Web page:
Layers: Hak Do

Layering is a really e


Lynda Barry’s “What It Is” Page 109.

ffective method to convey a message as a whole through the use of multiple assets. It also gives more room for creativity because one can make changes to one layer without effecting the other assets. Which basically means there are more ways to use assets to convey meanings.

In Lynda Barry’s “What It Is” on page 109, she effectively uses various types of layering to tell her story. She uses cut and paste layering, physical layering, typographic layering and temporal layering. She uses cut and paste and physical layering through the pieces of actual cut out papers and the envelope. She uses typographic layering through her words and texts. She uses temporal and virtual layering through the birds only showing half their bodies, indicating that the walls of the envelope are some sort of portal or frame. That is also virtual layering because the birds are draw on top of the envelope. It’s important she uses layering in her case because she has a lot to say and convey, but it would be extremely hard for her to do so using only one method and one medium. So she uses a lot of layering to effectively put together a page that conveys a message that she intended. If she didn’t use layering, just the envelope part alone would be a whole page. Through layering she can cram everything into a confined space. Like there is first the envelope, then the paper, then there are words on it and birds drawn on. That shows how much layering can be involved in one space.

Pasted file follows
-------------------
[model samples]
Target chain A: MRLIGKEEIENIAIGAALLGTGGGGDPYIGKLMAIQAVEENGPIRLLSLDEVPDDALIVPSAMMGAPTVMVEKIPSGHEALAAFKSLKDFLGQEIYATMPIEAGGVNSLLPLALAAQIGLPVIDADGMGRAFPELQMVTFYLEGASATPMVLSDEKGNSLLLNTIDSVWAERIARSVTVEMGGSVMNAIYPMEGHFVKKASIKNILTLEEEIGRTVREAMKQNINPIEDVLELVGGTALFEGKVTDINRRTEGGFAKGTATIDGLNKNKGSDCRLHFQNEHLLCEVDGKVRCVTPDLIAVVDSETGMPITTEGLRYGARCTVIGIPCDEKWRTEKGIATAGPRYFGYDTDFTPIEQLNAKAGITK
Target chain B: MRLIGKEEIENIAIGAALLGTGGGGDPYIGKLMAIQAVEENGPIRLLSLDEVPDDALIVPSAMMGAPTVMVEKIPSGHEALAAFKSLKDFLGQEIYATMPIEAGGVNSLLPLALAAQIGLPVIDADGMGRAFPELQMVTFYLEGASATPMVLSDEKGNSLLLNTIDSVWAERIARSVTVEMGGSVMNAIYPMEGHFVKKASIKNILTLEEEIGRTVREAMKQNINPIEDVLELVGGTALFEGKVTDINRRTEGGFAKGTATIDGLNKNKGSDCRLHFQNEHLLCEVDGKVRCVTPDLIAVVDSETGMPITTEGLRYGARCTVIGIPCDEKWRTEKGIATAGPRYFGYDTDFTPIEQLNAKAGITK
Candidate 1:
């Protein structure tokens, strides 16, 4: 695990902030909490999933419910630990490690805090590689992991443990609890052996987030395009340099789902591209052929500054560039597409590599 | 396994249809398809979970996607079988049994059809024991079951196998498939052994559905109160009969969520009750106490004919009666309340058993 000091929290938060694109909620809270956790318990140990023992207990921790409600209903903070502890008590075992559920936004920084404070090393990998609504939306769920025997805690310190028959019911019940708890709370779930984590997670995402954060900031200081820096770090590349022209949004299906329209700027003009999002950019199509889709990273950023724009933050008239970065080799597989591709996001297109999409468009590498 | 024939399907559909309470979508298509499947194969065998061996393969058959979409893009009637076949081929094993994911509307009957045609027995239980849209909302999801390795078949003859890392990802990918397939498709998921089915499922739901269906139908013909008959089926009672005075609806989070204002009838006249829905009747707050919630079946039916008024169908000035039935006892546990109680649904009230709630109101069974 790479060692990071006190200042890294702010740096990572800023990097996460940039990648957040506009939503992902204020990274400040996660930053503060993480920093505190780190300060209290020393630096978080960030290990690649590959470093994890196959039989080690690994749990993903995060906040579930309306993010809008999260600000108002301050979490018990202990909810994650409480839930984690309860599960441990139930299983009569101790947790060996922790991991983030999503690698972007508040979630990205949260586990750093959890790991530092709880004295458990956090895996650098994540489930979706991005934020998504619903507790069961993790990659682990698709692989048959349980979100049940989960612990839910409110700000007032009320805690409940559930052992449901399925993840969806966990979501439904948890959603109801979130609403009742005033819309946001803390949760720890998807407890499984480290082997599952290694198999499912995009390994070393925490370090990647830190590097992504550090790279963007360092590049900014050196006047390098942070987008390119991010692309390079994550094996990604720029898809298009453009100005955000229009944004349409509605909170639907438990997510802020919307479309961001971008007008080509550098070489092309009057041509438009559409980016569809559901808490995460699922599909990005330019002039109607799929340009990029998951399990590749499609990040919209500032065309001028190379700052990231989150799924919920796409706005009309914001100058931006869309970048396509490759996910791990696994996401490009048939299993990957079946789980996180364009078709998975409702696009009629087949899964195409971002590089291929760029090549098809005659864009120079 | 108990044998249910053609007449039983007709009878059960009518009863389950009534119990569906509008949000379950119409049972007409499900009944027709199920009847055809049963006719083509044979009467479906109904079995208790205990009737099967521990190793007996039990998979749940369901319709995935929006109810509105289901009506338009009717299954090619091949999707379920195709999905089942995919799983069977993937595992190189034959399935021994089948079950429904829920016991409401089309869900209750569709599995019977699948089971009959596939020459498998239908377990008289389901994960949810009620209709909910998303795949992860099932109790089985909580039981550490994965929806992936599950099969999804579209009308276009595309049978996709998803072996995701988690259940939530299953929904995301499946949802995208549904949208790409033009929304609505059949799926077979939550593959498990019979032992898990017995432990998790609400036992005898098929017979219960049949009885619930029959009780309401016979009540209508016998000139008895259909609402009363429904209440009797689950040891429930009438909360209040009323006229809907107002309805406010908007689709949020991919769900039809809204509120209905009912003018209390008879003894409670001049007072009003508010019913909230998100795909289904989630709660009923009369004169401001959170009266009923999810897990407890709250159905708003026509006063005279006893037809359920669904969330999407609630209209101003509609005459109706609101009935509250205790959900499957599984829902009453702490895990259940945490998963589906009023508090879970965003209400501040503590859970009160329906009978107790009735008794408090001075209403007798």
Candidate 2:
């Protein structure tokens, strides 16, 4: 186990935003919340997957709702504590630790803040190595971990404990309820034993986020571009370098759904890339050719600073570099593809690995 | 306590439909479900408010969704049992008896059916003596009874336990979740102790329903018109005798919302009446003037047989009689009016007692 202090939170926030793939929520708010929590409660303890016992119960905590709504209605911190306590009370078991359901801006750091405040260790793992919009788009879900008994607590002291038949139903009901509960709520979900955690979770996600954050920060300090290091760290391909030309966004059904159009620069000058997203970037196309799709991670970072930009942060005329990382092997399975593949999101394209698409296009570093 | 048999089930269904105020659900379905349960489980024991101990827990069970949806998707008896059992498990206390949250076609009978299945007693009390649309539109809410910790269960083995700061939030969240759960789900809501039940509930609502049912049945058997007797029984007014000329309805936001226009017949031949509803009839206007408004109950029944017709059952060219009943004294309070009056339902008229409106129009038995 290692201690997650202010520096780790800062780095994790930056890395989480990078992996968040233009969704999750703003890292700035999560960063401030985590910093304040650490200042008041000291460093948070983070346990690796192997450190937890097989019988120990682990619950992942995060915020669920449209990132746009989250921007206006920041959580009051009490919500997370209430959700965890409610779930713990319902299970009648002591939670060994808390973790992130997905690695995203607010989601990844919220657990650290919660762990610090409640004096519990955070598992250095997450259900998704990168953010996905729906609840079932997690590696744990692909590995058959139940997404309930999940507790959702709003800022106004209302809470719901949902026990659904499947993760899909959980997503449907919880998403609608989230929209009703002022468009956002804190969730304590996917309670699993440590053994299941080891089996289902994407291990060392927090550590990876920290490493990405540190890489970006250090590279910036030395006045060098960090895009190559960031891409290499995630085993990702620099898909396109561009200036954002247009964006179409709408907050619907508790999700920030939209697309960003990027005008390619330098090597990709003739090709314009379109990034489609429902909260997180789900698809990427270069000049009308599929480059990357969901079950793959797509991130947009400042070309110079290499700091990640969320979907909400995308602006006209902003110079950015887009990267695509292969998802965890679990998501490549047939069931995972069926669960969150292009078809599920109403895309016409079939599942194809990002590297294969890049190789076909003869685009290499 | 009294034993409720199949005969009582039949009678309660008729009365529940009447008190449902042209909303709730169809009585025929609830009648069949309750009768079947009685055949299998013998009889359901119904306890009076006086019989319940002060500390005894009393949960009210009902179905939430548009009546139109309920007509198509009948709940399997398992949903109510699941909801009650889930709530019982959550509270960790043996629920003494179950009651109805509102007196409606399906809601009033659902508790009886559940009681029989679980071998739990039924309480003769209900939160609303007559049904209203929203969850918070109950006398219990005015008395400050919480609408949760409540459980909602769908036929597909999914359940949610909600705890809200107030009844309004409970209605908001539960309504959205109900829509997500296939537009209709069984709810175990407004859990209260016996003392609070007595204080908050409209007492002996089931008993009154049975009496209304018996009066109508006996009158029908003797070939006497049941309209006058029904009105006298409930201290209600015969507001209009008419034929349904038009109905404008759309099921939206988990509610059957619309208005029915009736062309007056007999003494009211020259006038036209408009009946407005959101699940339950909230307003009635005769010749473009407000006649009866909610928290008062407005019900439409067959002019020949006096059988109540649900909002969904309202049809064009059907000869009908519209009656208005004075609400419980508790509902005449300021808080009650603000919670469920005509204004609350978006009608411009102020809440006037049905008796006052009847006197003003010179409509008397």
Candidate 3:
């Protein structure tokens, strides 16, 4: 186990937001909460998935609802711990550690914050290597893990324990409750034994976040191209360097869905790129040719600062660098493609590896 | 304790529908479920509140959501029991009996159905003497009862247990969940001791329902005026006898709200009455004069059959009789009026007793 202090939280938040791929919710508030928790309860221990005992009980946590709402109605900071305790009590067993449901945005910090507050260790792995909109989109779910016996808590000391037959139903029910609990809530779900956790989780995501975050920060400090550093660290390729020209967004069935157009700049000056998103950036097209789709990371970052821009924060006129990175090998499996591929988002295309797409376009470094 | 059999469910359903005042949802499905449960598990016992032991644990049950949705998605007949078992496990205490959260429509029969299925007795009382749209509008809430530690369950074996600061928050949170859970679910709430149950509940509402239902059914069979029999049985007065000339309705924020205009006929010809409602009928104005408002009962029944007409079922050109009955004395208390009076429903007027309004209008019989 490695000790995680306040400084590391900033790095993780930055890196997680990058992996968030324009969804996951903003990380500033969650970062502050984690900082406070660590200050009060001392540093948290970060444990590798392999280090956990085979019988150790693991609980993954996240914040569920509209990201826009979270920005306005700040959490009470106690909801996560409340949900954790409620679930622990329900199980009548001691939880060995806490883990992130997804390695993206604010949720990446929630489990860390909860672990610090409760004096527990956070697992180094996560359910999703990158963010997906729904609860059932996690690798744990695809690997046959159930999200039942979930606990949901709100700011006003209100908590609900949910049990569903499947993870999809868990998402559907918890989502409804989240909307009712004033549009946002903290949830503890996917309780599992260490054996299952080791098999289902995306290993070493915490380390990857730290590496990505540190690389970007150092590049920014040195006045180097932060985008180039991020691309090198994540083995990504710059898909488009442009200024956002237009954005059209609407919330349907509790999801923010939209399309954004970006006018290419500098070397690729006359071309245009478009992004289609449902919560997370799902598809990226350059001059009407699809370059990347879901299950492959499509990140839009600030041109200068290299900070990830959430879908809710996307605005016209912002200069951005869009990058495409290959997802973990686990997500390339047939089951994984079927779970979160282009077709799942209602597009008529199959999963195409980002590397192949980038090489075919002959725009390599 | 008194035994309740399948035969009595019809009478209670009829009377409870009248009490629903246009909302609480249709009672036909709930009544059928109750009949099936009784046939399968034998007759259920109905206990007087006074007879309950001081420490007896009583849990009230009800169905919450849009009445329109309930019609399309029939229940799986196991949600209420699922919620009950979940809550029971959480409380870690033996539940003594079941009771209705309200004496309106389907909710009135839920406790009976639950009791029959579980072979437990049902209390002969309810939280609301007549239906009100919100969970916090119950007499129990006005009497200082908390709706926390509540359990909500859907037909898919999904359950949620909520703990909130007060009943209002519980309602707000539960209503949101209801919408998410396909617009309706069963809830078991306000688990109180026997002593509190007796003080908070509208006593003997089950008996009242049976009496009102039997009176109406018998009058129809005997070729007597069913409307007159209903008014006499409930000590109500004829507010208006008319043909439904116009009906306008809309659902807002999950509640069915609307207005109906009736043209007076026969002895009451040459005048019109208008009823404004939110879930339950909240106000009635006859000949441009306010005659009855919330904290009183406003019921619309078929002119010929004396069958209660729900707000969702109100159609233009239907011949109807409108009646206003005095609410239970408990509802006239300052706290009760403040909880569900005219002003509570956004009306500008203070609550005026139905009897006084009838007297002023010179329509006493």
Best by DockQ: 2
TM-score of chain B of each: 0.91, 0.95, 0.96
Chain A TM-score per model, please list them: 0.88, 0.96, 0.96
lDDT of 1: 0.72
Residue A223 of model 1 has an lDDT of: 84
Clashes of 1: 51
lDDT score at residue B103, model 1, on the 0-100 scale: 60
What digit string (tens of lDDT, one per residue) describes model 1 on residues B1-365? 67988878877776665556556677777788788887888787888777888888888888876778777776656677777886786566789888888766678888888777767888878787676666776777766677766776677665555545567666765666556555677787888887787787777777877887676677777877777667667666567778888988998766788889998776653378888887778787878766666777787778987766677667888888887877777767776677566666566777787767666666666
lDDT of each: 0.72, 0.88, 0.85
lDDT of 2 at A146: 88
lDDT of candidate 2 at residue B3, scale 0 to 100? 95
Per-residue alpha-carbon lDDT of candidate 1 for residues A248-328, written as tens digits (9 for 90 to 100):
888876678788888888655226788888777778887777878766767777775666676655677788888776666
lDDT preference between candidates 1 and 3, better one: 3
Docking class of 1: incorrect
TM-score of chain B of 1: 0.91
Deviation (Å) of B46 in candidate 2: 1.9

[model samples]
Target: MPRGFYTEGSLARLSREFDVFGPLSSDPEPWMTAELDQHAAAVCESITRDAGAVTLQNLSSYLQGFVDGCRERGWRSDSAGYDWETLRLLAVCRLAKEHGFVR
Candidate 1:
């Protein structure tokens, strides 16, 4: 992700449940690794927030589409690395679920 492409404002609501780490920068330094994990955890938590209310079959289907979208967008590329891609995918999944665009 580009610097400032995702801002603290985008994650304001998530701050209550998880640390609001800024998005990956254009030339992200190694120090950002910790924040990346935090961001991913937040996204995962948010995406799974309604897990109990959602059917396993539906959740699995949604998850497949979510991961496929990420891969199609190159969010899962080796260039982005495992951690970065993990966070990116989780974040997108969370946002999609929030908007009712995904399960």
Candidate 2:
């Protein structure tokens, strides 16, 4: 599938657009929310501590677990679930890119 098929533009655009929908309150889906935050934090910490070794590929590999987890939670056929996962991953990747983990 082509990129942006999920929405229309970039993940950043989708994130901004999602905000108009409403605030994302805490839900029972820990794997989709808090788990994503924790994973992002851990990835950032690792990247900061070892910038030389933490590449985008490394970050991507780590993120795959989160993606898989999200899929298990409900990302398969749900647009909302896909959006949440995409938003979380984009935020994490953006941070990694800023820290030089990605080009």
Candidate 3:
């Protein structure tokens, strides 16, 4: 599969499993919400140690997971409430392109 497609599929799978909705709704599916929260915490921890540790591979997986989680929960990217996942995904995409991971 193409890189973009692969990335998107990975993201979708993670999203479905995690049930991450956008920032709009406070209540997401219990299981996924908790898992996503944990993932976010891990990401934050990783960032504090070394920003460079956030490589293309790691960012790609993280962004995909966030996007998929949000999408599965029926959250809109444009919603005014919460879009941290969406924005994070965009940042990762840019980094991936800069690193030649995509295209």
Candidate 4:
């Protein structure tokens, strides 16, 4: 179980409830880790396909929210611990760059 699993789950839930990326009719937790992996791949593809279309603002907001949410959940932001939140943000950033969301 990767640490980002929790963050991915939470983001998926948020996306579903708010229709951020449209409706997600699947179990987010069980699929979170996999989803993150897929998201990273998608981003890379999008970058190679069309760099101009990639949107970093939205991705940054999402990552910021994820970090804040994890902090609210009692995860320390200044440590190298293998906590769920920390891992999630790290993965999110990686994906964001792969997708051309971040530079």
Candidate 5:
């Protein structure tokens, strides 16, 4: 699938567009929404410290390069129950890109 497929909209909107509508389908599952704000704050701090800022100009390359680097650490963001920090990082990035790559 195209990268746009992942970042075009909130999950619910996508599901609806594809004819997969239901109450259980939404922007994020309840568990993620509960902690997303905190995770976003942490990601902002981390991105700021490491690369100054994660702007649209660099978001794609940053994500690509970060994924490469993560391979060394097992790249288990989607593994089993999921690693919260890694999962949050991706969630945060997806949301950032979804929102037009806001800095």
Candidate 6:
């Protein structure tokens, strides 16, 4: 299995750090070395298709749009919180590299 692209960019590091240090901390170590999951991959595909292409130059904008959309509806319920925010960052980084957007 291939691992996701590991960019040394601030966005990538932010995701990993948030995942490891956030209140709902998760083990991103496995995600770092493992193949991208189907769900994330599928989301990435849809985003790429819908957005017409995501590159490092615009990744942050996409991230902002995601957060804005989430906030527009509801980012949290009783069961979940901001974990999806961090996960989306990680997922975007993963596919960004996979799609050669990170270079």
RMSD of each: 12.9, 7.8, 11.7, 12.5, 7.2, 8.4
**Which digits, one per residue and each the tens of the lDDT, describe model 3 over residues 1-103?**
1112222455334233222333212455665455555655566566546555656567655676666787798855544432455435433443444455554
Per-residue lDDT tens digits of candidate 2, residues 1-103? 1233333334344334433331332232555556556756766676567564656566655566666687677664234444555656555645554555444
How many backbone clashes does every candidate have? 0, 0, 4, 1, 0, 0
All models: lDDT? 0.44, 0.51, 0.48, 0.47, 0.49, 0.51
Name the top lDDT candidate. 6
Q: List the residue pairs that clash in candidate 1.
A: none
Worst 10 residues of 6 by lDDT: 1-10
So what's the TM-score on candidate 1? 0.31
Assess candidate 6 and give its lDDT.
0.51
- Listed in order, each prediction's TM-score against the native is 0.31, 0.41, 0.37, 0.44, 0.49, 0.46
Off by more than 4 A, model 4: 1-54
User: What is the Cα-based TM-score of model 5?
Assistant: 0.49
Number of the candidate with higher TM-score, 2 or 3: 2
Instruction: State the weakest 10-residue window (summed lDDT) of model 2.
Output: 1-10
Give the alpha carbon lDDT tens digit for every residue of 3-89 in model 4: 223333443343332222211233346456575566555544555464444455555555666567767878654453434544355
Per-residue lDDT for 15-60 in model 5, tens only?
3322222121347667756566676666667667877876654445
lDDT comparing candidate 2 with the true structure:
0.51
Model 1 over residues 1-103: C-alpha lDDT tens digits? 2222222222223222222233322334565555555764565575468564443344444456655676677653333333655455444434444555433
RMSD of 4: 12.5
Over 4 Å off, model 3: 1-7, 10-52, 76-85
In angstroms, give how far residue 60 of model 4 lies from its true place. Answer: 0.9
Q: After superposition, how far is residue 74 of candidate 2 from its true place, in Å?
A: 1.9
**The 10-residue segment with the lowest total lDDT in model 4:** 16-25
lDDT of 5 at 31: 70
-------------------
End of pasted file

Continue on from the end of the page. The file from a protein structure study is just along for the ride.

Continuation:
Brandon Graham’s “Multiple Warheads: Alphabet To Infinity #1 (Excerpt)” Page 201.

In Brandon Graham’s “Multiple Warheads: Alphabet To Infinity #1 (Excerpt)” on page 201, there is a multitude of temporal and virtual layering. There is temporal layering where only the wheel of the car is showing and where the hand is cut off, indicating that the frames are portals or boundaries. As for virtual layering, the two frames on top of the page is considered virtual layering and then the buildings and ground on top of the mountain background can be considered layering too. Layering is important on Graham’s part and it has to be so different Barry’s case because he is telling a story through one medium and one method. He is confined to a few options of layering so he uses them effectively to put in as much as he wants into one page without making it look so clustered like Barry’s book. Unlike Barry, Graham is telling a linear story so it can’t be so abstract like Barry’s work.

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